Changes in snowmelt affect flood peaks across in Britain
Changes in snowmelt affect the size and timing of flood peaks in Britain. Most of Britain does not experience sustained periods of lying snow, and flow regimes in Britain are generally dominated by rainfall rather than snowmelt. However, snow is a major component of flow for some catchments, particularly in Scotland, and individual snow events can affect flows anywhere in the country.
The possible impacts of climate change on snow and peak river flows across Britain have been assessed for the period 2069 - 2099 compared with 1960 - 1990. This was done for a scenario of moderate climate change (the so-called A1B scenario). The results confirm that under a warmer climate there would be a reduction in the number of days of lying snow across the country. For the more northerly regions this leads to a tendency for peak river flows to occur earlier in the water year, either because of less snow or earlier snowmelt, but for more southerly regions the changes are less straightforward and likely to be driven by changes in rainfall rather than snow. Overall, the results highlight considerable spatial variability in fluvial response to projected climate change.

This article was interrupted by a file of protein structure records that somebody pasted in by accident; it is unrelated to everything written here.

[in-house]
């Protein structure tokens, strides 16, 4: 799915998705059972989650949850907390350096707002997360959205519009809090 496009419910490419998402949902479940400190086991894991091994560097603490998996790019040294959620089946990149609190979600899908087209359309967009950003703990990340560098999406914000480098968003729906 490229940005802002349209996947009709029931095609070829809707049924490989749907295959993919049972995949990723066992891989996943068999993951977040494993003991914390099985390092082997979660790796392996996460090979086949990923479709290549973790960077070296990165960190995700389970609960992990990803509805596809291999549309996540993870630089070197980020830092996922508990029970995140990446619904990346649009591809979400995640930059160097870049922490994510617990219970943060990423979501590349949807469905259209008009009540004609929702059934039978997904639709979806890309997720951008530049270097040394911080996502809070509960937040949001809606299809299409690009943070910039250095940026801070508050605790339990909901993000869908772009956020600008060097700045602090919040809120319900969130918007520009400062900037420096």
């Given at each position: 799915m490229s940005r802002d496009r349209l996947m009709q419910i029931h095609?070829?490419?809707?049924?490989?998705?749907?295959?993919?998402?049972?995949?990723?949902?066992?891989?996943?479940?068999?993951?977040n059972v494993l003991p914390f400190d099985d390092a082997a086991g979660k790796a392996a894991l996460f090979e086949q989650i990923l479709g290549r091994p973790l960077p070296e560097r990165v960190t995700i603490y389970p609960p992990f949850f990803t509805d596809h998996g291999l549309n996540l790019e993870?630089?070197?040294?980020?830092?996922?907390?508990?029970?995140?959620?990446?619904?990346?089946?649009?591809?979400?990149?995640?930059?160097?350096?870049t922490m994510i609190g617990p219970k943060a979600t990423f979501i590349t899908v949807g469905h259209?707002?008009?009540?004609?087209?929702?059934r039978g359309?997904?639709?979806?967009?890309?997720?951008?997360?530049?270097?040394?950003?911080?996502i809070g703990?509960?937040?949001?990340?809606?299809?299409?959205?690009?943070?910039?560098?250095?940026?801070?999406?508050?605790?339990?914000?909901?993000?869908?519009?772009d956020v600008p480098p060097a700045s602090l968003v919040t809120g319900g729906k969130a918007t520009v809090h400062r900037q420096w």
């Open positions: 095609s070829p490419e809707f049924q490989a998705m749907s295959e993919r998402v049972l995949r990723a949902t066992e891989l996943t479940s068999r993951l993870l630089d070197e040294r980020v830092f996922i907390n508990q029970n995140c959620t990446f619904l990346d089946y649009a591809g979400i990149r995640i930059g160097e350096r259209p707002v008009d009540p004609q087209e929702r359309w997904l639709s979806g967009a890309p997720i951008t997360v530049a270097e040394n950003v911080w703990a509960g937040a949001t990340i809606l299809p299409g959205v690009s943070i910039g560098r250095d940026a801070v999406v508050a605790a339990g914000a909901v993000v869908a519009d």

Source: Bell et al., 2016. Climatic Change 136: 539–553.
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